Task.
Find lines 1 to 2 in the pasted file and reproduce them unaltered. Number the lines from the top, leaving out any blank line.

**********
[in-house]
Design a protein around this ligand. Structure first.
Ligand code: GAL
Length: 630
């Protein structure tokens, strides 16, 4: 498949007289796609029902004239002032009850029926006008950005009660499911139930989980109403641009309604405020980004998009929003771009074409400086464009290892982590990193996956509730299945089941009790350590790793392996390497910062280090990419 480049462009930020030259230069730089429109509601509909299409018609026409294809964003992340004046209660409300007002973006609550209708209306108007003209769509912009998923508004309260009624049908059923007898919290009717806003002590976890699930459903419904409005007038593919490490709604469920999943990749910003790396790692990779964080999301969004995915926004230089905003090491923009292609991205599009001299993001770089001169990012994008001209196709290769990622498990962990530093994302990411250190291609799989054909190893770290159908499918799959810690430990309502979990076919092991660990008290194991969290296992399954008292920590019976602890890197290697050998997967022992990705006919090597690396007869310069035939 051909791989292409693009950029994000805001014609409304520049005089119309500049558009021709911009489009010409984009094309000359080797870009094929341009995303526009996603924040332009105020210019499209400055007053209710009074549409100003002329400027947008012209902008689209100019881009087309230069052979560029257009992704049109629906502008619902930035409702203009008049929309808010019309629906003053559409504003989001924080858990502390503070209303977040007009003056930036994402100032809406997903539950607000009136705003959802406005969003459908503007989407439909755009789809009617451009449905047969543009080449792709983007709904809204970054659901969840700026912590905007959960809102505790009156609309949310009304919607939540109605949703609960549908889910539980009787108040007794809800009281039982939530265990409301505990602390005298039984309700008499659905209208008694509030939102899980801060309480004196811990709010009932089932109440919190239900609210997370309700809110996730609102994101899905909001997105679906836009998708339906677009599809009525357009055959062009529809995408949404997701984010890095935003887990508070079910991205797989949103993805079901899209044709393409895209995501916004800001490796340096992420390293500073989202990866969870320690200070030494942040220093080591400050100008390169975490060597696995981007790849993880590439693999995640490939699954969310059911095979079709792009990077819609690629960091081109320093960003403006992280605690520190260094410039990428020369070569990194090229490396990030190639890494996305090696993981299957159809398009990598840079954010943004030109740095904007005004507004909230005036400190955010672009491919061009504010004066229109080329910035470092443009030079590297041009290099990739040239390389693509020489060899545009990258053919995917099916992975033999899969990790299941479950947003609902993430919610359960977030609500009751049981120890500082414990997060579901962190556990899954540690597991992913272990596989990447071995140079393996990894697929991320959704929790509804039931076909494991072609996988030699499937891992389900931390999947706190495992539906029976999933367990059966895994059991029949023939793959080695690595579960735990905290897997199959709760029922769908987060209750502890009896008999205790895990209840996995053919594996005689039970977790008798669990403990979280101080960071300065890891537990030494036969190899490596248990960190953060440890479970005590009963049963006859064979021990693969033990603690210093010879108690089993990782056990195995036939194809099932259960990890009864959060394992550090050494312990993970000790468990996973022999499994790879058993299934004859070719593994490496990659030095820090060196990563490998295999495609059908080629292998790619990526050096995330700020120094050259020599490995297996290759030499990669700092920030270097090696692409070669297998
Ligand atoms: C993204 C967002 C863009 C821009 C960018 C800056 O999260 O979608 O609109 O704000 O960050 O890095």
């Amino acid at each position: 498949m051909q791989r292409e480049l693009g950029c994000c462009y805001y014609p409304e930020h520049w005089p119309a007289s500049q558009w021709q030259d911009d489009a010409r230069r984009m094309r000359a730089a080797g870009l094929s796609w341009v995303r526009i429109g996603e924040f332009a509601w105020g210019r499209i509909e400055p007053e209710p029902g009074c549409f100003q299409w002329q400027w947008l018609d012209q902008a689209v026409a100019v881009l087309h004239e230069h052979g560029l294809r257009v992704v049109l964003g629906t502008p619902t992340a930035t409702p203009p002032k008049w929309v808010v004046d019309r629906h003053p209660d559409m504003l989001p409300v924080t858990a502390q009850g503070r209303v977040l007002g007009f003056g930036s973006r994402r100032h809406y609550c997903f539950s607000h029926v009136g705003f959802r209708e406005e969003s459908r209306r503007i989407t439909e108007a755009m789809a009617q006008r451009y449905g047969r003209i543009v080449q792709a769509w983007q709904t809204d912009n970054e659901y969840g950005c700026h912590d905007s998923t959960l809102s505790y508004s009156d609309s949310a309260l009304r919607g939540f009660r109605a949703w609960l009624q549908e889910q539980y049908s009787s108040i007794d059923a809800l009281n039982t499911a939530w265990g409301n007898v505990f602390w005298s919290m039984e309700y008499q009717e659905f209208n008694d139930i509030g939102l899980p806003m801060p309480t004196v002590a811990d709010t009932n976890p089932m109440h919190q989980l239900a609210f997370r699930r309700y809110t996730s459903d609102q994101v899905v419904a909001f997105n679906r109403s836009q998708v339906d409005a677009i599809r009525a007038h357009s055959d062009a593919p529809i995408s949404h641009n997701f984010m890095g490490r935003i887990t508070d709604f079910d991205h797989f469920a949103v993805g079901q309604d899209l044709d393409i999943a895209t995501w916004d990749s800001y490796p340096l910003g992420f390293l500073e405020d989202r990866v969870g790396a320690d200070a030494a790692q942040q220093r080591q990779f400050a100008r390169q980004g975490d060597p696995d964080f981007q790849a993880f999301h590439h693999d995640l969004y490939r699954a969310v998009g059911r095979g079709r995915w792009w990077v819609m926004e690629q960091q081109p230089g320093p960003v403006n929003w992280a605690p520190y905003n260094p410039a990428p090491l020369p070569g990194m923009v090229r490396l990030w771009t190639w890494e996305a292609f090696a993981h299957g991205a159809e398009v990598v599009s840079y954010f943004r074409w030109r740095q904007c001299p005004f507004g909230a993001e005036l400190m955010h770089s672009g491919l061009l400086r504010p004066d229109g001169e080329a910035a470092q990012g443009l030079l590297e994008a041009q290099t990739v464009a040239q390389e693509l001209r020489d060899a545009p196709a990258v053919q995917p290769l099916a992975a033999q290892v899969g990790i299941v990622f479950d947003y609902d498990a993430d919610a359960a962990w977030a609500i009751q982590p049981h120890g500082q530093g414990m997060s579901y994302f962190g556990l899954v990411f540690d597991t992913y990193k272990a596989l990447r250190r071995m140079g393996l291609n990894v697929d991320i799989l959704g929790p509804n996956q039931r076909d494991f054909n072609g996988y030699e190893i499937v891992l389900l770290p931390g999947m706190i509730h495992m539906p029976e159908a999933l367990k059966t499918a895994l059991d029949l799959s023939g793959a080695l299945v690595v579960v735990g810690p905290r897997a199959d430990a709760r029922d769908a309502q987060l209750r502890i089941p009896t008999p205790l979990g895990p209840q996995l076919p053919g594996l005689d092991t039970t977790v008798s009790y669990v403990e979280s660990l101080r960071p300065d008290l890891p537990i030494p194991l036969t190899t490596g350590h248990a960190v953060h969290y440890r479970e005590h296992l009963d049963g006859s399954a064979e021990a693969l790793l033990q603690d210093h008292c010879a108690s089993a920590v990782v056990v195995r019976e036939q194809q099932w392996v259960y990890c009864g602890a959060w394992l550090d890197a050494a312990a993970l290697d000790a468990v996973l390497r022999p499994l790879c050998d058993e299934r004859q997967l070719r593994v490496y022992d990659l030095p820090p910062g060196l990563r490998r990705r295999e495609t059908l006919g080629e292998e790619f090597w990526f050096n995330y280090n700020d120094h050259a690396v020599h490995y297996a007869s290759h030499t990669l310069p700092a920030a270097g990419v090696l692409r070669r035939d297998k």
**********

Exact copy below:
[in-house]
Design a protein around this ligand. Structure first.